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Browsing by Subject "Sámi"

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  • Lappalainen-Imbert, Helmi (2024)
    This master's thesis examines environmental and climate racism in the Arctic regions. The work focuses particularly on the disproportionate effects of climate change on Indigenous peoples, as well as Indigenous peoples' opportunities to influence decision-making processes. In order to understand the phenomena, it is essential to recognize the effects of climate change on Indigenous peoples and their culture and traditions. In this thesis, the situation of the Sámi people in Finland will be explored in particular. The thesis also discusses the possibilities of indigenous peoples' participation and representation in decision-making processes, as well as the challenges and successes observed in these processes. In this context, the role of the Finnish state is analyzed in particular, emphasizing the need to increase genuine representation and expertise. The work also examines the efforts of indigenous peoples to influence politics, the responses of communities and the effects of international cooperation on adaptation strategies. My research questions are: 1) Does environmental racism exist and in what forms, and how does it impact Sámi communities within the decision-making processes and politics in Finland? 2) What policies and practices have perpetuated inequalities and environmental racism in Finland, and how can Sámi voices be included? 3) What has been the Indigenous communities’ response to these policies and practices? Is the representation of Indigenous perspectives acknowledged and can Indigenous values be observed within policies, practices, and communication? The research methods include data analysis, document analysis, and an interview with a member of the Ministry of Environment and the Sámi Climate Council. This multi-method approach allows for a deep understanding of the impacts of climate change on the Sámi and the roots of environmental racism. The theoretical framework of the analysis of the research is based on environmental justice, Indigenous studies, and resilience theory. The research highlights systematic violations of environmental rights that the Sámi people face, such as differences in resources or belittling attitudes towards Indigenous knowledge. The Sámi Climate Council and the inclusion of Sámi rights in Finnish climate legislation are identified as key steps to promote community-based adaptation. The study emphasizes the urgent consideration of environmental and climate racism in the Arctic regions, and highlights the consultation of Indigenous peoples, supporting fair and sustainable development in decision-making processes. The thesis also contributes to a wider discussion about environmental law and participatory governance.
  • Ruotsalainen, Elise (2024)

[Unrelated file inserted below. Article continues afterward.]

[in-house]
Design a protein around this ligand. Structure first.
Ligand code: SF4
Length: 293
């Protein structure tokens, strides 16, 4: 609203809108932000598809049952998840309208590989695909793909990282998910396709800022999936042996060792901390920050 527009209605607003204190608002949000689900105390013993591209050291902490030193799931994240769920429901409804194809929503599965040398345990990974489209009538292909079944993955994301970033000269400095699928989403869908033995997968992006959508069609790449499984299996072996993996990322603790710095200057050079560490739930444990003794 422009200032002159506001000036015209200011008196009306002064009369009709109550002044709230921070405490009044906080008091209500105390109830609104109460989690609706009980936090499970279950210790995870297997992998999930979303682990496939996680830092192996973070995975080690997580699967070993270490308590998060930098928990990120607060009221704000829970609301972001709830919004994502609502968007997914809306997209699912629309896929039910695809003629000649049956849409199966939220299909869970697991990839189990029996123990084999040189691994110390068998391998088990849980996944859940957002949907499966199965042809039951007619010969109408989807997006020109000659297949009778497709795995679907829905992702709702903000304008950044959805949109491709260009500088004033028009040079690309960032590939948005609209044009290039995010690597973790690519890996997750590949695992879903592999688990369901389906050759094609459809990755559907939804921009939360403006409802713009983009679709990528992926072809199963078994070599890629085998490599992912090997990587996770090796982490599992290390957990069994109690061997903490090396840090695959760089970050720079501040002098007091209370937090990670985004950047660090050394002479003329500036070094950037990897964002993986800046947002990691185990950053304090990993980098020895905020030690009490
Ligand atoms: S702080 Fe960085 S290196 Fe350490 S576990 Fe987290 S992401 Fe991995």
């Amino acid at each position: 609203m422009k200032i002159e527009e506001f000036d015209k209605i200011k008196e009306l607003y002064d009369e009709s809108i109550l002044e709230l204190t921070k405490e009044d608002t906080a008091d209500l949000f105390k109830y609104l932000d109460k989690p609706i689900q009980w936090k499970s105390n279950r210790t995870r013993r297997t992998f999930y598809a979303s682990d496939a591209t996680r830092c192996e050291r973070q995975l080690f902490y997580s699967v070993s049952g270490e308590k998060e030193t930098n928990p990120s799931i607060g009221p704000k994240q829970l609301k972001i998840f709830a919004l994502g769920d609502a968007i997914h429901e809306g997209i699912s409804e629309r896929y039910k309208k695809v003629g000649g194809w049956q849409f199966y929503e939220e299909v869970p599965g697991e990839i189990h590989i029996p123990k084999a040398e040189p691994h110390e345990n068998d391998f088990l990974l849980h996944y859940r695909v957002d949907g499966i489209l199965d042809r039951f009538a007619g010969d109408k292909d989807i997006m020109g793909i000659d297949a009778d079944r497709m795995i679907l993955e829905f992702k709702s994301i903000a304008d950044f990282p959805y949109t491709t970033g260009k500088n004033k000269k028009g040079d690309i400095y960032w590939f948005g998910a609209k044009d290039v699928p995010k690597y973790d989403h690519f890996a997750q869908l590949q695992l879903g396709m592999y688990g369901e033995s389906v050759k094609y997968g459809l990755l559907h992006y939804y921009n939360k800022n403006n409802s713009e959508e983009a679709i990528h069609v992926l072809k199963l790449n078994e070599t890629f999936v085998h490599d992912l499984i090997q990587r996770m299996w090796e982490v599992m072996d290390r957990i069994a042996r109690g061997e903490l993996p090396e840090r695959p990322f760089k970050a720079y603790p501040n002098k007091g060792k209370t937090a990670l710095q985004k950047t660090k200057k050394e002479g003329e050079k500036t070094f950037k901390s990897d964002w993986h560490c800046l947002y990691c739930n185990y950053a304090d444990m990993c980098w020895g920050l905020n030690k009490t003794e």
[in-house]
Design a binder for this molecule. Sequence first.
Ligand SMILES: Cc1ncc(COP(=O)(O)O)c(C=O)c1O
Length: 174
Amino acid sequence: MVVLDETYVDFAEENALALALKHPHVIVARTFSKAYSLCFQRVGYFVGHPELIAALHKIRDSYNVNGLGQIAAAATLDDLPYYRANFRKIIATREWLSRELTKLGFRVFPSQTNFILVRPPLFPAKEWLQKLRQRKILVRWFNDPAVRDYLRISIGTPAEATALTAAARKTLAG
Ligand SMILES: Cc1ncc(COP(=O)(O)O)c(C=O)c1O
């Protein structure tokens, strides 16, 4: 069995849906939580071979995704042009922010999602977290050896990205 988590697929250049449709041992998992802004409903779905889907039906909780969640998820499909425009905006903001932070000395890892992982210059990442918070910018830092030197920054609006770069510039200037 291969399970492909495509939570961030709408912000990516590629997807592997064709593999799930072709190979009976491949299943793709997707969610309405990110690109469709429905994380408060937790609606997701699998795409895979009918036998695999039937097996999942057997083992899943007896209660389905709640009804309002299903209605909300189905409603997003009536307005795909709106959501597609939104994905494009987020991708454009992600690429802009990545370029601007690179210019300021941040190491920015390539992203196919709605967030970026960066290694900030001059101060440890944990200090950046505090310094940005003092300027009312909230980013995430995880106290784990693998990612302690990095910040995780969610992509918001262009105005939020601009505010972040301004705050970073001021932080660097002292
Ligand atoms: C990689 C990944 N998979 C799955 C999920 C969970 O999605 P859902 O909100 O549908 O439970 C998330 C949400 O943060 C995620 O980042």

In Sápmi, the traditional homelands of the Indigenous Sámi, climate change and green transition have created together a double burden for the Arctic ecosystems and the Sámi. As an effort to mitigate the climate change, the transition towards green sources of energy and mineral intensive technologies have created conflicting interests for land use in Sápmi, as extractivist activities have been located for instance to their traditional reindeer pasture lands. This thesis focuses on representations of Western edited media about green transition related extractive activities in Sámi context. Construction and operation of Fosen wind farm in Norway and expansion of mineral extraction in Giron, Sweden, act as examples of such activities. The research question is: what issues the Western edited media represents when discussing extractive activities regarding green transition, in the Sámi context? The thesis derives from the identified research gap of the matter, as this kind of research regarding the Sámi has not been conducted before. The thesis uses inductive thematic analysis to identify issues the news media articles represent regarding cases of Fosen and Giron. The research data consists of 35 news articles, published between 2016-2024. The applicable case examples were identified in data collection as illustrating the green transition related extractivist activities having significant impact on the Sámi communities. Through thematic analysis, six themes were identified and further analyzed through the framework of Indigenous Environmental Justice (IEJ). The analysis shows that the media represents green transition related extractivism in both negative- and positive lights. Whereas wind power and mineral extraction are represented as essential drivers for sustainable future, they also have negative impacts for the ecosystems in Sápmi and to the Sámi culture and livelihoods. The activities are represented as causing disputes between the Sámi and other stakeholders, due to conflicting interests of land-use and the Sámi’s experiences of violation of rights and unfairness. The activities taking place in Sápmi are often represented as continuation of Western colonialism, planned without sufficient consultation and involvement of the local Sámi communities. Yet, the Sámi are represented as solution-oriented, aiming to actively protect their traditional lands. The struggle of the Sámi with Western extractivism was also represented as part of wider global struggle of Indigenous people, whose traditional homelands these activities have penetrated to. These issues identified support the notions of IEJ about Western legal systems as failing to resolve environmental injustices and current extractivist activities as a form of on-going colonialism. The analysis also shows that the provision of multiple ontologies and legal orders, intergenerational- and other-than-human justice and acknowledgement of the distinct legal status of Indigenous peoples are needed, as argued by IEJ scholars. In the future, as the extractivist activities in the Arctic are expected to intensify, there is an urgent need for critical assessment of the manner the green transition is currently carried out in Western societies, participatory evaluation of impacts of the extractive projects and emphasis on aspects of fairness.